With the new Oasis movie Supersonic on the way, the BBC has decided to dig deep into its archive of interviews and news reports to come up with its own celebration of the legendary Manchester band.
And the broadcaster has turned up some seriously classic Gallagher moments, reviving snippets and soundbites that prove what we all knew: that Noel and Liam aren't just some of the city's most important musicians, they're also among its most natural comedians.
Oasis In Their Own Words revisits the moment the band changed the face of music in the 1990s: blazing an historic trail to the top of the pop charts in August 1994 with their debut album Definitely Maybe, locking horns with Blur in the battle to be king of the Britpop era, and making all kinds of tabloids headlines for record breaking shows at Knebworth as well as cancelled gigs in America.
We've had a preview of Oasis In Their Own Words - which is available on the BBC iPlayer from 7am on Friday, September 30 - and these are some of the highlights to look out for.
Left-handed Noel was told off for playing guitar right handed
Dexterous Noel was apparently ordered by his school music teacher to flip his guitar over and restring it to be played left-handed as he is a natural leftie. But "it didn't make sense" to play it that way round, he says in an interview with musician and presenter Jools Holland.
Instead he stuck to his guns, and remains pretty pleased with himself about the win, laughing, "I'd like to say if my old music teacher's watching, do you wanna borrow a tenner?".
"We made Bonehead go bald"
Adding to the body of evidence about the Gallagher God complex (look out for the amazing clip of newsreader Jennie Bond reporting that Oasis reckon they mean more to young people than religion because "has God played Knebworth lately?") is a nugget of footage in which Noel claims Paul "Bonehead" Arthurs' hair loss was a deliberate band decision.
"I told the rhythm guitarist he'd have a bit of character if he lost a bit of hair," says Noel. "So we made him go bald."
Take that, Take That!
Liam's long cold stare into the camera is absolutely priceless as he recounts the success of Some Might Say, despite him boycotting the video shoot.
"Hey, I'm Liam from Oasis," he swaggers, "and our new song Some Might Say's gone in at number one, knocked Take That right off the spot, and we haven't done a video.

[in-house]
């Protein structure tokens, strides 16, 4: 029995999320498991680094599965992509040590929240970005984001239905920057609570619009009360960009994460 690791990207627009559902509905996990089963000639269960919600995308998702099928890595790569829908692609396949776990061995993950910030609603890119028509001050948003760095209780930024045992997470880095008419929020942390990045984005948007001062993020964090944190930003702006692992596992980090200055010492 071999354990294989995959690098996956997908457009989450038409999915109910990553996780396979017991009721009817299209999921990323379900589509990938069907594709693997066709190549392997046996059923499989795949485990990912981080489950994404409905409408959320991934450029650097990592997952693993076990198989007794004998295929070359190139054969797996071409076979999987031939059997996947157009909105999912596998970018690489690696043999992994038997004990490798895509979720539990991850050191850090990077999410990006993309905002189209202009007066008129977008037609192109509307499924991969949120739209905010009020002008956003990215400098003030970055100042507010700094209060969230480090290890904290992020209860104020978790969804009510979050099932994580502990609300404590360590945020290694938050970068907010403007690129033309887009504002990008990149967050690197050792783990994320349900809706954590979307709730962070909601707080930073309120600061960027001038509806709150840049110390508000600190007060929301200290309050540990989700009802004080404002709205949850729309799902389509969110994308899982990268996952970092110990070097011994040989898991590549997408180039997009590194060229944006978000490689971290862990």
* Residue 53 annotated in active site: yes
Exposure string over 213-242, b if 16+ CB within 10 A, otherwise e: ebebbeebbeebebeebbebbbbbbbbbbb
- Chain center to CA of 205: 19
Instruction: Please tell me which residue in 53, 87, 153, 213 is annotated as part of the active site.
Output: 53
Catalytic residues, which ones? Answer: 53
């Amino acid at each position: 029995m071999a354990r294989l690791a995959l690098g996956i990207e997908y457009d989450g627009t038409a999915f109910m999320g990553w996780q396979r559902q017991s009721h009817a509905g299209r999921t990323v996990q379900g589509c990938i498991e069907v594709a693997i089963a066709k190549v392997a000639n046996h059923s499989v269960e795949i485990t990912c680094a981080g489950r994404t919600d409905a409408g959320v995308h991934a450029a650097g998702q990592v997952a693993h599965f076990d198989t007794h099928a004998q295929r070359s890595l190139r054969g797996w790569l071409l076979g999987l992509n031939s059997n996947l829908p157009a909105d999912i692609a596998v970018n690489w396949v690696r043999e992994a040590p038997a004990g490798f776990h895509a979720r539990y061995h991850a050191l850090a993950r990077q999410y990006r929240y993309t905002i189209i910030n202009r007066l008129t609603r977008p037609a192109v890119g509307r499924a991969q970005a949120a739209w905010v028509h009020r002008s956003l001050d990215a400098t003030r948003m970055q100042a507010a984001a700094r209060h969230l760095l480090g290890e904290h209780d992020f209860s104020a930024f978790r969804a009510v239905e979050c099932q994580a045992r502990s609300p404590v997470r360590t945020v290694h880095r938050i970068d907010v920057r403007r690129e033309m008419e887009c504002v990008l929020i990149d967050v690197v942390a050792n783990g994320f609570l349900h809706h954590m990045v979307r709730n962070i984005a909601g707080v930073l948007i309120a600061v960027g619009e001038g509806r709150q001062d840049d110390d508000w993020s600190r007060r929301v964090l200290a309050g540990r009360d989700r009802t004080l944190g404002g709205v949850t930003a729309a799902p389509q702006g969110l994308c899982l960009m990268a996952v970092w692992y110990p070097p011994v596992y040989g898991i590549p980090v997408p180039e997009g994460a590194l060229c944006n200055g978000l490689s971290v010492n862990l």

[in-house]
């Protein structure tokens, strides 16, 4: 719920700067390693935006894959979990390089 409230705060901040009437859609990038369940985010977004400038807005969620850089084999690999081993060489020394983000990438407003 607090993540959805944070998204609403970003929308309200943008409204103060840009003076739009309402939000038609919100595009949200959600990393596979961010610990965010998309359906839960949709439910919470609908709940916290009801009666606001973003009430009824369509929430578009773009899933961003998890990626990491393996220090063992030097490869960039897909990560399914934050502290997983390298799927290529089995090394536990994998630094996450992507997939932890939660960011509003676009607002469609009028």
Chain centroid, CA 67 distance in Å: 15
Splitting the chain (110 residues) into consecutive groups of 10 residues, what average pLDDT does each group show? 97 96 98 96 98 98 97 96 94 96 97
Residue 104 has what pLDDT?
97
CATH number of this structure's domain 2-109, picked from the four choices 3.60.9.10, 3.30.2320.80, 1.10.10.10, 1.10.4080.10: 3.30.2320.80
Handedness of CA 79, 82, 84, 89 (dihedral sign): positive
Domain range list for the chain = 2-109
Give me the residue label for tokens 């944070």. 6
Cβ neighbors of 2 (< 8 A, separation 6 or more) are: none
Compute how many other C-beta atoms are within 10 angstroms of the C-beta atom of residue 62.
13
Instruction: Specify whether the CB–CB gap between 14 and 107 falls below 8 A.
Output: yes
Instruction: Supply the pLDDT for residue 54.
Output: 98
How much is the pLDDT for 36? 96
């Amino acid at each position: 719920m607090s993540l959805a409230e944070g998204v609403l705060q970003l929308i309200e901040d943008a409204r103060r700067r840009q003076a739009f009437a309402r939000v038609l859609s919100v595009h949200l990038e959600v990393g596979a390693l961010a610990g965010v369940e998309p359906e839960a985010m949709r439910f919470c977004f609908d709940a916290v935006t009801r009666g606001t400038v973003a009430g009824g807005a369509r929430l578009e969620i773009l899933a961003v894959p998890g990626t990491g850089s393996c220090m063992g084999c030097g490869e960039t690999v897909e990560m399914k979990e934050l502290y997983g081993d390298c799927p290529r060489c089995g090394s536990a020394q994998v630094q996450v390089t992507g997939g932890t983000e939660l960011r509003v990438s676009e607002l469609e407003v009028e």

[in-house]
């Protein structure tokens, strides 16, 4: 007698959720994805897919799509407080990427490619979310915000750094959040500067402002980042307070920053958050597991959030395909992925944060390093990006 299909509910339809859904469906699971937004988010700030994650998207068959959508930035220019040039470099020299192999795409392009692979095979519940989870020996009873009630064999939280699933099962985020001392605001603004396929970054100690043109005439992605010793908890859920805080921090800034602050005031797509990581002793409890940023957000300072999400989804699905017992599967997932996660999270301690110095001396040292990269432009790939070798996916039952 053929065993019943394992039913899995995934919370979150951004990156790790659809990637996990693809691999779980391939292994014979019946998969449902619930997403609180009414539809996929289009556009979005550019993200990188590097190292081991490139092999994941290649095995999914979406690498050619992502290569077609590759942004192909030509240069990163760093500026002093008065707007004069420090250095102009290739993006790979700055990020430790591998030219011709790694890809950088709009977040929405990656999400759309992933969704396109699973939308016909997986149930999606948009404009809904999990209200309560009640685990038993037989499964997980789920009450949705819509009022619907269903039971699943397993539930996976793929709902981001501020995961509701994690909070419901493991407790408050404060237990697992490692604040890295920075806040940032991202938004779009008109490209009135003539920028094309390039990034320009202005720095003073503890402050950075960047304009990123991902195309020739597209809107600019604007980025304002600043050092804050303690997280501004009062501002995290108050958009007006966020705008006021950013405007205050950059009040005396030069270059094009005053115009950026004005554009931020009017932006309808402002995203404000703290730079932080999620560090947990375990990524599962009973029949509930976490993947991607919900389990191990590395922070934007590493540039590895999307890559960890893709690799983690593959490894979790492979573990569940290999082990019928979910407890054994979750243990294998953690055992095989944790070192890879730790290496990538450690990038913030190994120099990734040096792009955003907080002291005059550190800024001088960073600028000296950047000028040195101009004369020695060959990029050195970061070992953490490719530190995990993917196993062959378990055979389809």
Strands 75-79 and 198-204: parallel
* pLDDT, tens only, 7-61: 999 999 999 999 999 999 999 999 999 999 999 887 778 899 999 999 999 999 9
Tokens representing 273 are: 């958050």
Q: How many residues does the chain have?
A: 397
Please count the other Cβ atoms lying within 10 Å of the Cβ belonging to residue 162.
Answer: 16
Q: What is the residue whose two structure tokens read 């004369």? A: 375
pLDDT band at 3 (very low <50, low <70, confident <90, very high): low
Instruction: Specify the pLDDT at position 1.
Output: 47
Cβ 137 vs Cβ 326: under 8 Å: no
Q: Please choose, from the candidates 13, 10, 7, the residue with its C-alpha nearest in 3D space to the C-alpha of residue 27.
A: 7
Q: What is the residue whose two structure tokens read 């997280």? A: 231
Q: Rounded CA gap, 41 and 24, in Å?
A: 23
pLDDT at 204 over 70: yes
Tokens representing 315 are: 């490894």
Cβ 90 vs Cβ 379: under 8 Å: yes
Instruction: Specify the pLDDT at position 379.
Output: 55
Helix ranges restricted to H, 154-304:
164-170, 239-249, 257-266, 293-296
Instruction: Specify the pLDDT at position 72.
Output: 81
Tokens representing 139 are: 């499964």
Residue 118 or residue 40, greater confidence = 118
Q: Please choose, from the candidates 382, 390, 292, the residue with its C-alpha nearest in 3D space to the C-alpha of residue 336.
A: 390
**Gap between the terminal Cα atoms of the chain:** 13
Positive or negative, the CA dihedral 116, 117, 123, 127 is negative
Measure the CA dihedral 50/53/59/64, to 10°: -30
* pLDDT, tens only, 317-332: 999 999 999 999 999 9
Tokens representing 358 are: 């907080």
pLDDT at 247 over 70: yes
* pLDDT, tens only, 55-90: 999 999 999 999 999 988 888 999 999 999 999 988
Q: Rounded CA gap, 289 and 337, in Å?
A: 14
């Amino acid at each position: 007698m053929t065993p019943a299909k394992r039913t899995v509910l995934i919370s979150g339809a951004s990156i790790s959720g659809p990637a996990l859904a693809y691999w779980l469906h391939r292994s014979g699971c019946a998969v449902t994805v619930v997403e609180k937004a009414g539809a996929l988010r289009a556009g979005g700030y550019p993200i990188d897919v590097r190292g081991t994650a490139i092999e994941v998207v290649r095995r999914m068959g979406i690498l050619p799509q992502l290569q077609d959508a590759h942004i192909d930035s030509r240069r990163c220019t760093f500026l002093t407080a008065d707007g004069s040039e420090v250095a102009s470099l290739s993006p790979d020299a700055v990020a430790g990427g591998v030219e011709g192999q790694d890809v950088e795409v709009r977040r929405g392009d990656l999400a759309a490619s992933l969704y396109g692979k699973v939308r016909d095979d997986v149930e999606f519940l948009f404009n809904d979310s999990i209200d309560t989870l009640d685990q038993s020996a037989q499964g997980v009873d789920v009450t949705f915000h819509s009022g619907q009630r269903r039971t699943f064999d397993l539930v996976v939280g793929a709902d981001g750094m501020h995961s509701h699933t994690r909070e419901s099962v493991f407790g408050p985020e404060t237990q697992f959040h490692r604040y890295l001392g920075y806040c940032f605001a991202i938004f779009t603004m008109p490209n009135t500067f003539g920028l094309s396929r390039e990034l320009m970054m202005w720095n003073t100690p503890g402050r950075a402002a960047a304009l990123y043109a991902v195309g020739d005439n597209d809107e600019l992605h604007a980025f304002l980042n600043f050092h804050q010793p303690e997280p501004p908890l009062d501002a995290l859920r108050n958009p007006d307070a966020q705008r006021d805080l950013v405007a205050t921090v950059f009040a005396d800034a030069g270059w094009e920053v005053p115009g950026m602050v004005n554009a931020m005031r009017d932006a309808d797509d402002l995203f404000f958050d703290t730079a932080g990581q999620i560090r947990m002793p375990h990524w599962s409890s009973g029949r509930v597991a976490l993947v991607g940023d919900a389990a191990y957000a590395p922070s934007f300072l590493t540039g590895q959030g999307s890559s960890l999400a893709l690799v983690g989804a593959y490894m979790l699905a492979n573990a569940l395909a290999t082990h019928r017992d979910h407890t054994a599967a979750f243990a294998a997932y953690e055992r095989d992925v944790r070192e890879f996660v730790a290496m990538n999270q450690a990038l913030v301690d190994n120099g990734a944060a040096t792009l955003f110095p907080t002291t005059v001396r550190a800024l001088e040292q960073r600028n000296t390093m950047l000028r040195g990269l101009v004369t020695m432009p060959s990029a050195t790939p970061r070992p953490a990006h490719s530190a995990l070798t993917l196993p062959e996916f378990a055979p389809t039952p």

"I'm not paying £30,000 for me to sit in a truck stop and eat eggs, bacon, and beans," he says about refusing to shoot the planned video. "So I didn't get out of bed - and I got a slapped wrist for it."
Noel's damning assessment of Be Here Now
When presenter Jayne Middlemiss asks Noel about the criticism of the band's third studio album, Noel responds: "Looking back on it now we should have called it F*** It, That'll Do. I listen back to it and it sounds like a Bon Jovi album to me... Like Slippery When Wet."
Liam's assessment: "I think it's top."
Oasis: the biggest band in the UK?
Is a good question for a group who claimed this was their ambition, and Noel's analysis of the situation at the start of the 2000s is right on the money.
"I'll tell you what's the funny thing about being in Oasis, right, is when we first started off we were hailed as the new Beatles, and then second of all we were the U2 it was OK to like, and now we're a younger version of the Rolling Stones, i.e. the record's not doing too well but you can still come and see us at Wembley."
Oasis In Their Own Words broadcasts just before the release of Supersonic by Mat Whitecross, the man behind docudrama The Road To Guantanamo and award winning documentary movies Amy and Senna.
Supersonic premieres in Manchester on Sunday, October 2, and the sold-out first screening at the Odeon Printworks will feature an appearance from frontman Liam Gallagher himself, plus a Q&A session with fans afterwards.
The film is on general release from October 7.